No Wait for Waitt
When the green light was given for the Omaha stations owned by Waitt Radio to relocate to a new facility, there was an abundance of ideas and work, but not time. Maintaining the current facilities, and planning and building the new facilities, is a problem that many facilities face. From the beginning, it was decided that the new facilities would be functional and still be a showcase.
Omaha is Arbitron-ranked 75
There are six stations in the facility. KQKQ-FM Sweet 98, KZFX-FM The Fox, KCTY-FM The City, KKAR-AM News/Talk, KAZP-AM ESPN Radio and KOIL-AM Radio Disney. There are a total of 11 studios, including six air studios, four production studios and one general-purpose studio. Extra space was allowed, including a room for a future studio. The studios are built around a central news-gathering and continuity/production area.
Before the move, the studios occupied several locations around Omaha. This project consolidated the operations. What is truly remarkable about this installation is that the construction project was completed in only three months. This was possible through careful planning and by efficient use of outside services, like those of system integrator RDA Systems.
The new studio building was formerly occupied by a cable company, which helped because electrical service was already in place. Satellite dish clearances — both physical and zoning — were already okay. As a bonus, a generator and Sola transformer (power balancing) were already installed in the building.
An added benefit of the facility location is that it is on the main road through downtown Omaha. This provides easy visitor access and provides a high-visibility location. The studios occupy a three-story building. The rack room and generator are on the first floor. Operations and news offices, and the studios are on the second floor. Administration and sales offices are on the third floor.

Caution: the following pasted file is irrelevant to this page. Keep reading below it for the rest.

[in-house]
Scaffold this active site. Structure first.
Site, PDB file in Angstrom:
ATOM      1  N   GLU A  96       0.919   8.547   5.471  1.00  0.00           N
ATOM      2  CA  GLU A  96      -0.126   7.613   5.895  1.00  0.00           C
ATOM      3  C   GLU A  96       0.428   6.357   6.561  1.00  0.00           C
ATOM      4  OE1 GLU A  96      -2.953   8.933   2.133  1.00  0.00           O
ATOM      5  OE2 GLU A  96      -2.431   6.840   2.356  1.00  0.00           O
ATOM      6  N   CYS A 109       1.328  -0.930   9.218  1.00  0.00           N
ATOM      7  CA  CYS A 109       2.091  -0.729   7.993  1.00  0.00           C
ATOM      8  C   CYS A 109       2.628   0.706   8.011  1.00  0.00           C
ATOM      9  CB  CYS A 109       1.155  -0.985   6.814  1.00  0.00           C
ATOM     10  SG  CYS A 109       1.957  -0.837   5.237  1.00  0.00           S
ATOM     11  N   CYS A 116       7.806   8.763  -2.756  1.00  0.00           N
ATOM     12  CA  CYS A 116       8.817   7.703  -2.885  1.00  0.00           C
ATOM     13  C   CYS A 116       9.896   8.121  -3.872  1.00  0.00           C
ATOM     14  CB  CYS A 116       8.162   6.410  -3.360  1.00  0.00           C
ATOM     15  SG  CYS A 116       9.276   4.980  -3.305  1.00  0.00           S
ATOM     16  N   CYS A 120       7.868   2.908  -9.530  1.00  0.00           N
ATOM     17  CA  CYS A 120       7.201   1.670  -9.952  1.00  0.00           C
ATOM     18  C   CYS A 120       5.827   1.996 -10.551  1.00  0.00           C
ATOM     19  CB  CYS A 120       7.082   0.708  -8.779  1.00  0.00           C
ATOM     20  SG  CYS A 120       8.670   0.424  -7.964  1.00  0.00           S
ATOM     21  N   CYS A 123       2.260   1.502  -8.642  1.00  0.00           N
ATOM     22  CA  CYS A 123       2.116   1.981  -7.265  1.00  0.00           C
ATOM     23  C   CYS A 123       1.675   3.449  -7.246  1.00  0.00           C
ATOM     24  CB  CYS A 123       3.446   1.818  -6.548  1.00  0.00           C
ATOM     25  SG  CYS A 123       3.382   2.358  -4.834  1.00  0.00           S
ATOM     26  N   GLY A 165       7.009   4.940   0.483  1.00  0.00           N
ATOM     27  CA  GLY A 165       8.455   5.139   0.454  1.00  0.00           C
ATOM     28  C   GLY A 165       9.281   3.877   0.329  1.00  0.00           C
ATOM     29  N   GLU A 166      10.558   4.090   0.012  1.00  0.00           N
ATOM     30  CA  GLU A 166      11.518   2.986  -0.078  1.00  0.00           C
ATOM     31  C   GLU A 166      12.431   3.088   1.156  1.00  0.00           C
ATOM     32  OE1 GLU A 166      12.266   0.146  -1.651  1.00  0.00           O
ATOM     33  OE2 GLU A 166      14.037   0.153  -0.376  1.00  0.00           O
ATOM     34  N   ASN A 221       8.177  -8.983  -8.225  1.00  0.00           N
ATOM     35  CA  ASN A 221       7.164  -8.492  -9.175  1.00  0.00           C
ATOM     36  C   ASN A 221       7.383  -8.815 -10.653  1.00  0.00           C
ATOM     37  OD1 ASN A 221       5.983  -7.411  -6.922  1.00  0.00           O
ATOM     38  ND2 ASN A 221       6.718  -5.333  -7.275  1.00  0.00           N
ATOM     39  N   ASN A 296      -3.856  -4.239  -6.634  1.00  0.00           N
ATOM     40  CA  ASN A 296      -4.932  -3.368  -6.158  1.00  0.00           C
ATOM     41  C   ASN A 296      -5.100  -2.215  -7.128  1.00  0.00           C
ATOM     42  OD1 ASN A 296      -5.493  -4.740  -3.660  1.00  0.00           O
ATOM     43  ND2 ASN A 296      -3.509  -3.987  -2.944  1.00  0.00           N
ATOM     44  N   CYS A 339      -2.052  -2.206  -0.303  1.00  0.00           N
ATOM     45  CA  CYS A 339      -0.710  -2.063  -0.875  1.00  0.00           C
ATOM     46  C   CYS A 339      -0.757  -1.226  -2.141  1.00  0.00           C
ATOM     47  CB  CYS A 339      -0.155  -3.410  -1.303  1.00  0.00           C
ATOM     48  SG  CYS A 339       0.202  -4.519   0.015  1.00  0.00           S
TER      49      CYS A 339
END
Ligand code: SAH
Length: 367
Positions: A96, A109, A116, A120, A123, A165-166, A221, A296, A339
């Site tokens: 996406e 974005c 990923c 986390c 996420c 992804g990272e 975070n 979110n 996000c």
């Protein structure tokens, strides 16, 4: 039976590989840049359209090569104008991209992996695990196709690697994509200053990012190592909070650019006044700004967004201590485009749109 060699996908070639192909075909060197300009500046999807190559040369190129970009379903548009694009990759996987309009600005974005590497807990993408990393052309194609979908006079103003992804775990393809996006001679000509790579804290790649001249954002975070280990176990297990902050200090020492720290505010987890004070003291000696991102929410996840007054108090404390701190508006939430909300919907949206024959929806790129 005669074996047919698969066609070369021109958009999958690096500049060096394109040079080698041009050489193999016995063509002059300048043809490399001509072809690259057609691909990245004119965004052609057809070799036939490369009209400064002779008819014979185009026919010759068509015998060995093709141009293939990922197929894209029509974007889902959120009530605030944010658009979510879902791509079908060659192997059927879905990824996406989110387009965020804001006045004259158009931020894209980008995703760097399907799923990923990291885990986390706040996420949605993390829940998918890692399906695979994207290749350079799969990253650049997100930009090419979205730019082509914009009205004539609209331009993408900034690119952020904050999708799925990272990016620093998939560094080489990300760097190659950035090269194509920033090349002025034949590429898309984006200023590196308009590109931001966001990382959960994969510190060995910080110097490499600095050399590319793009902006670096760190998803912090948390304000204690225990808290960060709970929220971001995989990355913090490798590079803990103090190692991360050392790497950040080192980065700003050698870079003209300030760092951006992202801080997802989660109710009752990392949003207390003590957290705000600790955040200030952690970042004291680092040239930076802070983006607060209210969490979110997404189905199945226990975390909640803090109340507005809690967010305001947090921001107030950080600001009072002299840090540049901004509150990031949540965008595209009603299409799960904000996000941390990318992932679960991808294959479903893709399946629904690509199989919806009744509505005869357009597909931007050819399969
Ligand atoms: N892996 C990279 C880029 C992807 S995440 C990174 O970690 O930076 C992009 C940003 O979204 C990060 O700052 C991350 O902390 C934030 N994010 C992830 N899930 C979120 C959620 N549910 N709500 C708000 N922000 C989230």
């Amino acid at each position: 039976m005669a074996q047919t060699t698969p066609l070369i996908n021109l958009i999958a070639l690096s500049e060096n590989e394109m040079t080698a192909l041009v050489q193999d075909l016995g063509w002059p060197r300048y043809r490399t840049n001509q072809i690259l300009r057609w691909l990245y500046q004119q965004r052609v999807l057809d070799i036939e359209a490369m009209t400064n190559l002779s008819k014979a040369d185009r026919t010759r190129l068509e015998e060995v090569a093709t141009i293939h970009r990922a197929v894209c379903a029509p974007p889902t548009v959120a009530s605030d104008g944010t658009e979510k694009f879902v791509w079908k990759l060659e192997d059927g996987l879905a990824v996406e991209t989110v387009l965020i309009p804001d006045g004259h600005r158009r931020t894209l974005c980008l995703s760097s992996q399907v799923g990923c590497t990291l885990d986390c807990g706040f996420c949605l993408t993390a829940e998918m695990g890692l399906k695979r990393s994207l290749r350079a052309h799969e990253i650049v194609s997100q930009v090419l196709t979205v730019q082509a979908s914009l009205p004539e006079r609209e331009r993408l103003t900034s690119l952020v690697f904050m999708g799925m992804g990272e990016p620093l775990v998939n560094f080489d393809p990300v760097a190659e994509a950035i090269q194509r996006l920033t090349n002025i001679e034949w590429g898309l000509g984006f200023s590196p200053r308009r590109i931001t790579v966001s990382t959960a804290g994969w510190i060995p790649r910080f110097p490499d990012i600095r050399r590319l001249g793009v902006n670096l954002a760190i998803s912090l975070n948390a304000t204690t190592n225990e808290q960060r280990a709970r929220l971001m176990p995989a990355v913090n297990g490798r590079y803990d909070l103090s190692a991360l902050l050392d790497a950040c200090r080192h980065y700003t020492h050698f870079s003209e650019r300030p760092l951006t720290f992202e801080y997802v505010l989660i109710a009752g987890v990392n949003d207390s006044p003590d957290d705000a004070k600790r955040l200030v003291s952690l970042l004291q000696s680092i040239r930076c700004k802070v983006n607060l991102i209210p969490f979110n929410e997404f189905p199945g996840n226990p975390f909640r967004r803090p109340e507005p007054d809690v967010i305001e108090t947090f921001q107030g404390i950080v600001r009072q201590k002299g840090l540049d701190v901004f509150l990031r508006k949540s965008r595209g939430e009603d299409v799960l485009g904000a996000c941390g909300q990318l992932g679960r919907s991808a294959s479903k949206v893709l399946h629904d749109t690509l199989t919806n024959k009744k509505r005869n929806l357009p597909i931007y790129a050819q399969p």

To speed the construction time, the project was prewired by RDA Systems in St. Louis. The RDA Systems prewiring services, called Pre-Completion, allowed the bulk of the wiring and furniture preparation to be done before it was delivered to the studio site. Construction could begin in Omaha while cables were prepared and terminated in St. Louis. This process has the added benefit that building contractors and broadcast engineers are not in each other's way as the work progresses. It took seven weeks to prewire the racks in St. Louis.
Once the facility walls were completed, the equipment, furniture and prewired systems were delivered, and the process of putting all the pieces together began. Some of the equipment in the facility was purchased new for the move. Some equipment was brought from the former studio locations and re-installed. The installation took five weeks.
In the rack room
The master control room consists of 10 racks, with a 16-foot long main distribution wall. A six-server, 16-workstation AudioVault automation system is housed in master control. Master control is also equipped with an SAS 64000 routing switcher, most of the air chain equipment, telephone systems, 13 distribution amps, and eight satellite receivers. A separate room, located near the base of the on-site tower, houses two racks with STL transmitters and RPU receivers. This was done to reduce the length of the coaxial feed because audio wire is cheaper than coaxial cable and is easier to route. Also, audio signals do not suffer the same losses over distance as RF signals.
All AudioVault, SAS router, distribution amp and satellite wiring was brought out to the main distribution wall and punched to Krone 6639 termination blocks. The master control room layout did not afford as much space on the main distribution wall as RDA and the stations' engineers wanted, but the Krone have twice the wiring density of a standard 66 block, while occupying the same footprint. The Krone blocks also have an added feature of a built-in patching capability. A special jumper can be inserted to either bridge or break the connection.
Master control has 10 equipment racks. The first five contain station broadcast equipment, with each rack being dedicated to a particular station. KAZP and KOIL share a rack. These racks also contain common equipment such as the SAS router, satellites and DAs. The last five racks house all of the AudioVault equipment.
These racks each have a 20-amp service. The AudioVault servers also have redundant power supplies that are fed from their own UPS. This extra precaution makes sense, since the on-air playback system is a crucial component of the on-air operations.